The Helio Sequence’s Keep Your Eyes Ahead kicks off with three rousing tunes: “Lately,” “Can’t Say No,” and “The Captive Mind.” Wrapped in warm atmospherics, well-nuanced electronica, and Brandon Summers’s rhapsodic voice, these are digitally enriched pop-folk songs at their finest. These tracks alone suggest a maturation in the Helio Sequence’s songwriting and sound that moves them further from 2004’s expansive but labored Love and Distance. No longer feeling like mere exercises in fusing folk and synth-pop, this time the arrangements are both airtight and jam-packed.
Functioning as their own recording cottage industry, Summers (vocalist and guitarist) and Benjamin Weikel (drummer and keyboardist) — who also produced Keep Your Eyes Ahead — have gotten quite good at what they do. This may be thanks in part to Summers, who after having recently shredded his vocal chords while on tour, turned to reading instead of talking, began rigorous vocal exercises, and studied proper microphone technique. Keep Your Eyes Ahead could easily be seen as the result of making the best out of a bad situation and succeeding in spades.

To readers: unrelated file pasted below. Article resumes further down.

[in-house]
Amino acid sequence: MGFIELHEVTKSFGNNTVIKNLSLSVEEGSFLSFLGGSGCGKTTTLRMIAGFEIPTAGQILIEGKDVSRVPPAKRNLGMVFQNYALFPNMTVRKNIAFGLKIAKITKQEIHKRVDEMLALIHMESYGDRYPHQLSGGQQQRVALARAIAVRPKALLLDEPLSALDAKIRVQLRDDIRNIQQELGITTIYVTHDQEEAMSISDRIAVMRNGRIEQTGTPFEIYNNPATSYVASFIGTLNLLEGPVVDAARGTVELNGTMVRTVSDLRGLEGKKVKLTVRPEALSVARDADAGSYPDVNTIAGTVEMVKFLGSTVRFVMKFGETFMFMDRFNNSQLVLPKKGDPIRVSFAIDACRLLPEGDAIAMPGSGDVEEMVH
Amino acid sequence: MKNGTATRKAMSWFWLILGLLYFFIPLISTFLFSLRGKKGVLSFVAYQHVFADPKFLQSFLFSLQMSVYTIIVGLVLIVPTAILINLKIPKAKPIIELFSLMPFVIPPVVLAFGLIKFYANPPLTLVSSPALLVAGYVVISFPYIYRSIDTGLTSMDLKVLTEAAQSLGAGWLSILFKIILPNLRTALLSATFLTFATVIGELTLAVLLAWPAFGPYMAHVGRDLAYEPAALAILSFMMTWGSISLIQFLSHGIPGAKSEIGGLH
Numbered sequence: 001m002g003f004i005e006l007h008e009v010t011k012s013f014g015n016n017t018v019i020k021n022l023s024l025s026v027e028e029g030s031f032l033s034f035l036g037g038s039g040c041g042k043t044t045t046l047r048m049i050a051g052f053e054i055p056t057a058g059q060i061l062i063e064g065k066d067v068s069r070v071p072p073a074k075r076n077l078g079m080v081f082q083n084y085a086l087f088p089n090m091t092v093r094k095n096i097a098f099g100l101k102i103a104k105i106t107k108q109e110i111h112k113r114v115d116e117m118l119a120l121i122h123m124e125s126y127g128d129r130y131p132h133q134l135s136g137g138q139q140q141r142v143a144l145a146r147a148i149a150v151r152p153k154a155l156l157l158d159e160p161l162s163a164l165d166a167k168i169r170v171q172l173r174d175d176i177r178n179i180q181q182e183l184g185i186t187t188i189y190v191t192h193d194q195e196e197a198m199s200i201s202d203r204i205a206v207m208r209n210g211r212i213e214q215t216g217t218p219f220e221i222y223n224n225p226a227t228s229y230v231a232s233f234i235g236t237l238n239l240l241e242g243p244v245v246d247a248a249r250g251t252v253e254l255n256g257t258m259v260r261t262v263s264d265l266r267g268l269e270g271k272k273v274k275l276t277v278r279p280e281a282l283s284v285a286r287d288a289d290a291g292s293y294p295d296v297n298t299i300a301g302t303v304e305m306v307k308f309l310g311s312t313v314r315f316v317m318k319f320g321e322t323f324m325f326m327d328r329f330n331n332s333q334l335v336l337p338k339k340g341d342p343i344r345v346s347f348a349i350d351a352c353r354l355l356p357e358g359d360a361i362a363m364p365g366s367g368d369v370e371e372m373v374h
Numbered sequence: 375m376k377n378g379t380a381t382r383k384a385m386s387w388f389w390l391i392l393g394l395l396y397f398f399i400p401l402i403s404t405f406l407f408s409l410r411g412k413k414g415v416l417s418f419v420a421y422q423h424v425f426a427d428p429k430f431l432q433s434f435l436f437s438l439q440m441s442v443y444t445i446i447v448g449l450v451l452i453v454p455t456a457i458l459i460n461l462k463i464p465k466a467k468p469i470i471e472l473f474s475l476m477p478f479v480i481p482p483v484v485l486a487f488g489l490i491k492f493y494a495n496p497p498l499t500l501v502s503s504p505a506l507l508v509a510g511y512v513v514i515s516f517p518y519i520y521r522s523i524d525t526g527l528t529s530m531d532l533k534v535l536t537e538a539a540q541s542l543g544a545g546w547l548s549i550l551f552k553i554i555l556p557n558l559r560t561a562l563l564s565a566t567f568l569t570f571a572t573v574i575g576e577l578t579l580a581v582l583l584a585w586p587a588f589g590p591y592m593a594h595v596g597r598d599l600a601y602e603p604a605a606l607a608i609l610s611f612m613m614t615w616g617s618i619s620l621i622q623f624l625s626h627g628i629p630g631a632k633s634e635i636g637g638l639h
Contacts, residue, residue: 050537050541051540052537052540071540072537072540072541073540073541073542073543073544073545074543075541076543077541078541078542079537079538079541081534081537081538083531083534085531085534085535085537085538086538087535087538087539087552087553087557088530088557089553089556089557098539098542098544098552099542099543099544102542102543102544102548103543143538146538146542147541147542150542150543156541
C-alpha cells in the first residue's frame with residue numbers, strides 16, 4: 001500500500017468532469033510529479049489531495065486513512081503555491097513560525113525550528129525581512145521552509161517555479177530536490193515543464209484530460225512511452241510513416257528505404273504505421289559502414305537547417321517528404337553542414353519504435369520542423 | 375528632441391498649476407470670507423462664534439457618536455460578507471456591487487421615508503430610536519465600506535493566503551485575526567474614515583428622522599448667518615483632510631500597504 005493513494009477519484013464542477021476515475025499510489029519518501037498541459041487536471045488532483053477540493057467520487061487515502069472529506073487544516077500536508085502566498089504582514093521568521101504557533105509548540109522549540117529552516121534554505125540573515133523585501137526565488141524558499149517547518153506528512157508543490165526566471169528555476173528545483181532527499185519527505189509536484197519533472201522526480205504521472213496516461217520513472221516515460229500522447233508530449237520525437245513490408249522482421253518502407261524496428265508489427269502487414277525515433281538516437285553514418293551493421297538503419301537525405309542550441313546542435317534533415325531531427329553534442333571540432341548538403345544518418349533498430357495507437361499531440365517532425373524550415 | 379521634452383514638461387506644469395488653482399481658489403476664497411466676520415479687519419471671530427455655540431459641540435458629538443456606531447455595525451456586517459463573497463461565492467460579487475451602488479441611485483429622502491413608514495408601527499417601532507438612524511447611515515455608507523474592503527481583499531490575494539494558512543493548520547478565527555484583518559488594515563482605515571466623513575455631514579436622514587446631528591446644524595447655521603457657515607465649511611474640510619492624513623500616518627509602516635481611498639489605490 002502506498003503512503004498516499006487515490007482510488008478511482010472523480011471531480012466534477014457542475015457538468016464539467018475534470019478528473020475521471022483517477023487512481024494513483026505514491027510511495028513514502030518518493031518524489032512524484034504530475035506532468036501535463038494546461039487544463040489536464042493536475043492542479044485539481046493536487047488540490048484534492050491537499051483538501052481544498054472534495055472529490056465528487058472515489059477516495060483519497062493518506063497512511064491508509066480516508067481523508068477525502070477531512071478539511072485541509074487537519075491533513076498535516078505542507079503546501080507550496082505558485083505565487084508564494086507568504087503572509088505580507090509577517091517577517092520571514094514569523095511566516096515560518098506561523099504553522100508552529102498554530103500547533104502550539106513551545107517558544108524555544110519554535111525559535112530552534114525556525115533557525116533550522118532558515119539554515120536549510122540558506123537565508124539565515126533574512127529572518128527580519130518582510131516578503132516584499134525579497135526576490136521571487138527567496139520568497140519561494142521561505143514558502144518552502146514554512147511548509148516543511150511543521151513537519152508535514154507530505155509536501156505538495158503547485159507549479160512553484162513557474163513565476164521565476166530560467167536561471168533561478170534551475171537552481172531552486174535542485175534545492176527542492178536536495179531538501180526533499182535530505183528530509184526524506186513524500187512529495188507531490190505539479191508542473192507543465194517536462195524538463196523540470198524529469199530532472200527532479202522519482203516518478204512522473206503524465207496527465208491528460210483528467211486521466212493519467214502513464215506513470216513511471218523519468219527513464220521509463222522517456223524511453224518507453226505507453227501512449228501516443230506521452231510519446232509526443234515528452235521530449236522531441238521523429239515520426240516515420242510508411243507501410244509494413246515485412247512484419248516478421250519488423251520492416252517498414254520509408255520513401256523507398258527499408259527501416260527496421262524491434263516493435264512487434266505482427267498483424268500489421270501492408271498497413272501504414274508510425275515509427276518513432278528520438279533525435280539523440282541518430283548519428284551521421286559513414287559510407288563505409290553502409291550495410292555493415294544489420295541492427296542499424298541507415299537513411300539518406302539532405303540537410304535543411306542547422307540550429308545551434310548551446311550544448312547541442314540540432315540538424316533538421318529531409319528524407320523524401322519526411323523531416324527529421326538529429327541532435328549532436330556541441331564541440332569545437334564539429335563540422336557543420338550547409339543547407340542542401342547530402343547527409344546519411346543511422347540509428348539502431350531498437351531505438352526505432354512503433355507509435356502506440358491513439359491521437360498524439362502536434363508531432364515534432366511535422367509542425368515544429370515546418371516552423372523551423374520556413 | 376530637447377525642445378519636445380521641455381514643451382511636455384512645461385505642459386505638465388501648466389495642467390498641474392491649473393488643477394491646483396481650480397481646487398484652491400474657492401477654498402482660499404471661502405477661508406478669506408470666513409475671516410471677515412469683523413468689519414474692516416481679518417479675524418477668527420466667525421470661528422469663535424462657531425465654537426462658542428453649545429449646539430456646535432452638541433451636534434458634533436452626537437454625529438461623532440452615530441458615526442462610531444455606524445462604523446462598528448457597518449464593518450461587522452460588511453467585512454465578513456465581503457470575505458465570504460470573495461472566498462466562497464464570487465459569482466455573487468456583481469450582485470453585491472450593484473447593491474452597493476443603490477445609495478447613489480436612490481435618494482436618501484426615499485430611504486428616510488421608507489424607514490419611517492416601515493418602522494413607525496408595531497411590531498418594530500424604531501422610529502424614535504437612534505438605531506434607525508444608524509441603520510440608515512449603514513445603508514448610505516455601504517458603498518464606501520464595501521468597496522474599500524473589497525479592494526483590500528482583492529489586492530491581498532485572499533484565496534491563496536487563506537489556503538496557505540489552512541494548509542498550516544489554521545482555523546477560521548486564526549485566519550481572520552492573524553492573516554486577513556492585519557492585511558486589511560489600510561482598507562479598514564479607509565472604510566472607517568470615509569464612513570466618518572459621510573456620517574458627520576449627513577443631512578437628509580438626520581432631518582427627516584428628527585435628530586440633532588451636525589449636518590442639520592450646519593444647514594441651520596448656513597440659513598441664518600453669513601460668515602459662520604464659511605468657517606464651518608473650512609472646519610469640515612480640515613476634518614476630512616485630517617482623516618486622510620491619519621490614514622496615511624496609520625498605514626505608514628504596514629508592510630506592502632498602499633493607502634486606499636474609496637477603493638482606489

The infectious title tack, with its galvanic momentum and hypnotic mantra of “keep your eyes on right ahead,” is perhaps the albums most straightforward rock track. It rivals the likes of stadium heavyweights such as U2 but never trespasses into the murky depths of being sappily anthemic. And although the showier tracks mentioned above make for solid standouts, it’s on the down-tempo numbers that the Helio Sequence’s flair for nuance is best displayed. The acoustic “Shed Your Love” recalls the ambient brushstrokes of Brian Eno, and Summers’s vocals are all whiskey and velvet, recalling a young Willie Nelson.
There are missteps — particularly the Postal Service-reminiscent “You Can Come to Me” — but they are too few to hinder the whole. Keep Your Eyes Ahead is a will and testament to the virtues of growing pains.